March 22, 2012
ALBUQUERQUE, March 22, 2012 – This Thursday, Americans for Indian Opportunity (AIO) departs for Portland for the fourth and final Gathering of the 2010/11 class of the Ambassadors Program. The Gathering will be co-hosted with Native American Youth and Family Center (NAYA) and their Executive Director Nichole Maher, an Ambassadors Program alum.
AIO’s highly acclaimed Ambassadors Program is an Indigenous values-based, community capacity-building, leadership development initiative that launched in 1993 by Founder and President, LaDonna Harris (Comanche). The Program helps early to mid-career Native American professionals strengthen within an Indigenous cultural context, their ability to improve the well-being and growth of their communities.
During the course of the program, Ambassadors meet and work with leading Native decision-makers and national policymakers, explore family and tribal histories, develop and implement a community-based project, explore personal “medicine” or inner strength, and enhance communication skills. They attend gatherings in communities across the nation and visit at least one Indigenous community outside the United States.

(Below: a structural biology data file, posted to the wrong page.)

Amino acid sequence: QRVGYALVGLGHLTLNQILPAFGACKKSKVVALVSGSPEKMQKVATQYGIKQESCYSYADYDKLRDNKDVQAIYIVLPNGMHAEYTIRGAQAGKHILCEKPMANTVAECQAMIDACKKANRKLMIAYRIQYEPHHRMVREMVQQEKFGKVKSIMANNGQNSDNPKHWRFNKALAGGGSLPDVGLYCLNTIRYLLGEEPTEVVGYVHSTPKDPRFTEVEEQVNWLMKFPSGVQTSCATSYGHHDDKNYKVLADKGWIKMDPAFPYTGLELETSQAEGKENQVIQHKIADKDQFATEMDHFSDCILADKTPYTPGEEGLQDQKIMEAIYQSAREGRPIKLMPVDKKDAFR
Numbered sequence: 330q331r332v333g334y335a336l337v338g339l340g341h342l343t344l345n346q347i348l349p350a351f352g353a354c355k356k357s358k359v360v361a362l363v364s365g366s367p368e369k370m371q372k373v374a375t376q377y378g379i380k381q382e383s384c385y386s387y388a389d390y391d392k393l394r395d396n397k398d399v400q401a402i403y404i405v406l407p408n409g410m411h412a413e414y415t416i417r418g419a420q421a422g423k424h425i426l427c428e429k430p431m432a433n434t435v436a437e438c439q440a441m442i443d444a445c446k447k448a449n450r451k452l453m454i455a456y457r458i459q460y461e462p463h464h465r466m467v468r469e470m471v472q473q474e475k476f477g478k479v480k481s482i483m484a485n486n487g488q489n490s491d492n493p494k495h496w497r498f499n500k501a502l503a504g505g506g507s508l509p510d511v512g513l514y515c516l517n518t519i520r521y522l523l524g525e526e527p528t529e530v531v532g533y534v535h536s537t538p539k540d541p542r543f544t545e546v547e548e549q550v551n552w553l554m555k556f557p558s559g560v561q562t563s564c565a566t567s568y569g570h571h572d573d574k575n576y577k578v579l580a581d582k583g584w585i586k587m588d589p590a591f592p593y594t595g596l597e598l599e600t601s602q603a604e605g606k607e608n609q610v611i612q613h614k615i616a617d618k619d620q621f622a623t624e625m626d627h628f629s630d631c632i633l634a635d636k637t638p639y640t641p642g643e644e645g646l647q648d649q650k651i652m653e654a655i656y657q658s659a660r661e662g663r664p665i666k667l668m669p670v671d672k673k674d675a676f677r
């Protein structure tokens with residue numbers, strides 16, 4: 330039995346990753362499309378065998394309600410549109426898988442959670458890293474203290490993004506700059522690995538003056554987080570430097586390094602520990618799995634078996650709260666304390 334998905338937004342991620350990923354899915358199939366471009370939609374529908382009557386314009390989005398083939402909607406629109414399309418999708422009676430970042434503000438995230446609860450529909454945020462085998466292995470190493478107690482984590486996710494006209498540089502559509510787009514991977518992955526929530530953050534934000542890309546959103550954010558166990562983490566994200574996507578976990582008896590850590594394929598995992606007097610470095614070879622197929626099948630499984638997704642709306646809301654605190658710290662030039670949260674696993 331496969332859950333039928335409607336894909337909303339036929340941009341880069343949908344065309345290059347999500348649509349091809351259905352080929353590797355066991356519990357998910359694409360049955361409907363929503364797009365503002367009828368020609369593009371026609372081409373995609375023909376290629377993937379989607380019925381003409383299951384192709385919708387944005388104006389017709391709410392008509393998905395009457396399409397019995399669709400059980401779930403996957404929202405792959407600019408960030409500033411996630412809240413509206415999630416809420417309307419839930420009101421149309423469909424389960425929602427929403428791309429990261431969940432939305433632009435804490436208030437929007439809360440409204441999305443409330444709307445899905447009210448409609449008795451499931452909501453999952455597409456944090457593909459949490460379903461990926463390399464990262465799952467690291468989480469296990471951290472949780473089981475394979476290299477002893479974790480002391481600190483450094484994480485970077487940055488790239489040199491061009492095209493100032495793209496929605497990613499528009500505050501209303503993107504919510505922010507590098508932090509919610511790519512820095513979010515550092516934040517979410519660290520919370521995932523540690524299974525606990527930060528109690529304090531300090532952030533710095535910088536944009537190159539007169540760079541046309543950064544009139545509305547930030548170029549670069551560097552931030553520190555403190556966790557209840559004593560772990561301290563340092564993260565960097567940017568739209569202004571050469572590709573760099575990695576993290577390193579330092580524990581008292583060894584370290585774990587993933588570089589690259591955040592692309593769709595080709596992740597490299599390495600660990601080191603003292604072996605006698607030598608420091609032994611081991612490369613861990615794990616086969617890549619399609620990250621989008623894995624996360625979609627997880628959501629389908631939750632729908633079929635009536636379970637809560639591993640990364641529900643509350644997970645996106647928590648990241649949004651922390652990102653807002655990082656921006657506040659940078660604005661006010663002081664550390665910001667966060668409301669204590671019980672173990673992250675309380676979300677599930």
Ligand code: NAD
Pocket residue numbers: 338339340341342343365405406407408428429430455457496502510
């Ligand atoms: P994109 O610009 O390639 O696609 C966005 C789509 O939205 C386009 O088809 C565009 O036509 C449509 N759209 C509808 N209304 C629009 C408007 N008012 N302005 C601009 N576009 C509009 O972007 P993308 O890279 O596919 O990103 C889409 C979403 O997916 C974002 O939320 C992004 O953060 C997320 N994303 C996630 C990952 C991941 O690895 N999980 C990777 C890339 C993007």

At the final Gathering, focused on the tribe or community, the 2010/11 Ambassadors will be joined by Program advisors/elders and Ambassador alumni. Together, the inter-generational group will work with the Ambassadors to identify pathways for incorporating the lessons learned and experiences from the Ambassadors Program into the participants’ own approaches to leadership, current community work and within the environment of their own community. The Ambassador alumni will also hold the first meeting of AIO’s 2012 Train-the-Trainers class. As part of the Ambassadors Program Regeneration Initiative, the alumni will begin to build curriculum and identify ways to replicate the success of the Ambassadors Program within local or regional tribal communities.
While in Portland, the 2010/11 Ambassadors will spend a week discussing the unique challenges facing Indigenous leaders, methods for overcoming barriers, and actively engage in innovative problem-solving processes. The fourth Gathering is usually hosted by a successfully governed tribe or a self-determined tribal community (either rural or urban) where they visit and learn more about how the community has achieved success.
“It’s important for young, emerging Native American leaders to observe and learn from a successful Native community,” said Laura Harris, Executive Director of AIO. “We’re excited to visit NAYA and see their successes first-hand.”
The Native American Youth and Family Center in Portland, Oregon, co-hosts for the Gathering, works to enrich the lives of Native youth and families through education, community involvement, and culturally specific programming. They have provided educational services, cultural arts programming, and direct support to reduce poverty to the Portland metropolitan area's American Indian and Alaska Native community for over 30 years.
The Gathering begins Saturday, March 24, 2012 and ends on Friday, March 30, 2012. To learn more about the Ambassadors Program, or to donate to AIO, visit www.aio.org.